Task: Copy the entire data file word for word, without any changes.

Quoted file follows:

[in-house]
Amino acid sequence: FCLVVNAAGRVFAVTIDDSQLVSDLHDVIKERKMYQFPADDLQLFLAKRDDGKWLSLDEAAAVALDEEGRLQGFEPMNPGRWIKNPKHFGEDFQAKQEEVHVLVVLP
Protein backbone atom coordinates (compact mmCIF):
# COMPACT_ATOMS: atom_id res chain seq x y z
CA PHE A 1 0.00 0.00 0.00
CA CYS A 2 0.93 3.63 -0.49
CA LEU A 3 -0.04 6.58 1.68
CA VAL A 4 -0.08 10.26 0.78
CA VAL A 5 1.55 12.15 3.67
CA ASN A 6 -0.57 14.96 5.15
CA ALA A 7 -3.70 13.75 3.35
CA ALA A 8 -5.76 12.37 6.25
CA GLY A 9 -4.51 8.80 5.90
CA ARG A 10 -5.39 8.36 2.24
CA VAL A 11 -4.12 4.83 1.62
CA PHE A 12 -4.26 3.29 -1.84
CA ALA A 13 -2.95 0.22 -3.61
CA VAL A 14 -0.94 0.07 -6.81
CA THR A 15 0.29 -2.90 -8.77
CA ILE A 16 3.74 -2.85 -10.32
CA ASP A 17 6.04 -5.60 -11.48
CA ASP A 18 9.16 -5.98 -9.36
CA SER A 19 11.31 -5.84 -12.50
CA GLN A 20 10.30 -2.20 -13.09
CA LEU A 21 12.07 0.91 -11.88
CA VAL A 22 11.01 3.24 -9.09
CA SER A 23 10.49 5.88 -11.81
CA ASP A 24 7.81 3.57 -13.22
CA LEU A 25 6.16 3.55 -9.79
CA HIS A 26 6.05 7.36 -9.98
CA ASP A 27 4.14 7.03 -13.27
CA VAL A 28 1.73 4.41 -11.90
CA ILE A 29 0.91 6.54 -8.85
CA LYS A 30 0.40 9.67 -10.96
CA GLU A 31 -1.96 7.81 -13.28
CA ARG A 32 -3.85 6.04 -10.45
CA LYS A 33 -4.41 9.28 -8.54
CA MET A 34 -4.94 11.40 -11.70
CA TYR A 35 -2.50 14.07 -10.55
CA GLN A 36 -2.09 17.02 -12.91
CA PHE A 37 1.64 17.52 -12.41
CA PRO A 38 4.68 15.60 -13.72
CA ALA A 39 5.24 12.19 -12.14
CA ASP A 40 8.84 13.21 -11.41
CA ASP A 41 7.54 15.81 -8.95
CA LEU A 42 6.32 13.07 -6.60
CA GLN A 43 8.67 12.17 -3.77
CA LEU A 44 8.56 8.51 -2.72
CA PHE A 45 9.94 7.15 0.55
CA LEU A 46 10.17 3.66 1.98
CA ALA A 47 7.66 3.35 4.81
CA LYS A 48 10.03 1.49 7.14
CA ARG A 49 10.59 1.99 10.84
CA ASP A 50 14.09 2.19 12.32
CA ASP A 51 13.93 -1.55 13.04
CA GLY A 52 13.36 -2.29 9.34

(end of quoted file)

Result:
[in-house]
Amino acid sequence: FCLVVNAAGRVFAVTIDDSQLVSDLHDVIKERKMYQFPADDLQLFLAKRDDGKWLSLDEAAAVALDEEGRLQGFEPMNPGRWIKNPKHFGEDFQAKQEEVHVLVVLP
Protein backbone atom coordinates (compact mmCIF):
# COMPACT_ATOMS: atom_id res chain seq x y z
CA PHE A 1 0.00 0.00 0.00
CA CYS A 2 0.93 3.63 -0.49
CA LEU A 3 -0.04 6.58 1.68
CA VAL A 4 -0.08 10.26 0.78
CA VAL A 5 1.55 12.15 3.67
CA ASN A 6 -0.57 14.96 5.15
CA ALA A 7 -3.70 13.75 3.35
CA ALA A 8 -5.76 12.37 6.25
CA GLY A 9 -4.51 8.80 5.90
CA ARG A 10 -5.39 8.36 2.24
CA VAL A 11 -4.12 4.83 1.62
CA PHE A 12 -4.26 3.29 -1.84
CA ALA A 13 -2.95 0.22 -3.61
CA VAL A 14 -0.94 0.07 -6.81
CA THR A 15 0.29 -2.90 -8.77
CA ILE A 16 3.74 -2.85 -10.32
CA ASP A 17 6.04 -5.60 -11.48
CA ASP A 18 9.16 -5.98 -9.36
CA SER A 19 11.31 -5.84 -12.50
CA GLN A 20 10.30 -2.20 -13.09
CA LEU A 21 12.07 0.91 -11.88
CA VAL A 22 11.01 3.24 -9.09
CA SER A 23 10.49 5.88 -11.81
CA ASP A 24 7.81 3.57 -13.22
CA LEU A 25 6.16 3.55 -9.79
CA HIS A 26 6.05 7.36 -9.98
CA ASP A 27 4.14 7.03 -13.27
CA VAL A 28 1.73 4.41 -11.90
CA ILE A 29 0.91 6.54 -8.85
CA LYS A 30 0.40 9.67 -10.96
CA GLU A 31 -1.96 7.81 -13.28
CA ARG A 32 -3.85 6.04 -10.45
CA LYS A 33 -4.41 9.28 -8.54
CA MET A 34 -4.94 11.40 -11.70
CA TYR A 35 -2.50 14.07 -10.55
CA GLN A 36 -2.09 17.02 -12.91
CA PHE A 37 1.64 17.52 -12.41
CA PRO A 38 4.68 15.60 -13.72
CA ALA A 39 5.24 12.19 -12.14
CA ASP A 40 8.84 13.21 -11.41
CA ASP A 41 7.54 15.81 -8.95
CA LEU A 42 6.32 13.07 -6.60
CA GLN A 43 8.67 12.17 -3.77
CA LEU A 44 8.56 8.51 -2.72
CA PHE A 45 9.94 7.15 0.55
CA LEU A 46 10.17 3.66 1.98
CA ALA A 47 7.66 3.35 4.81
CA LYS A 48 10.03 1.49 7.14
CA ARG A 49 10.59 1.99 10.84
CA ASP A 50 14.09 2.19 12.32
CA ASP A 51 13.93 -1.55 13.04
CA GLY A 52 13.36 -2.29 9.34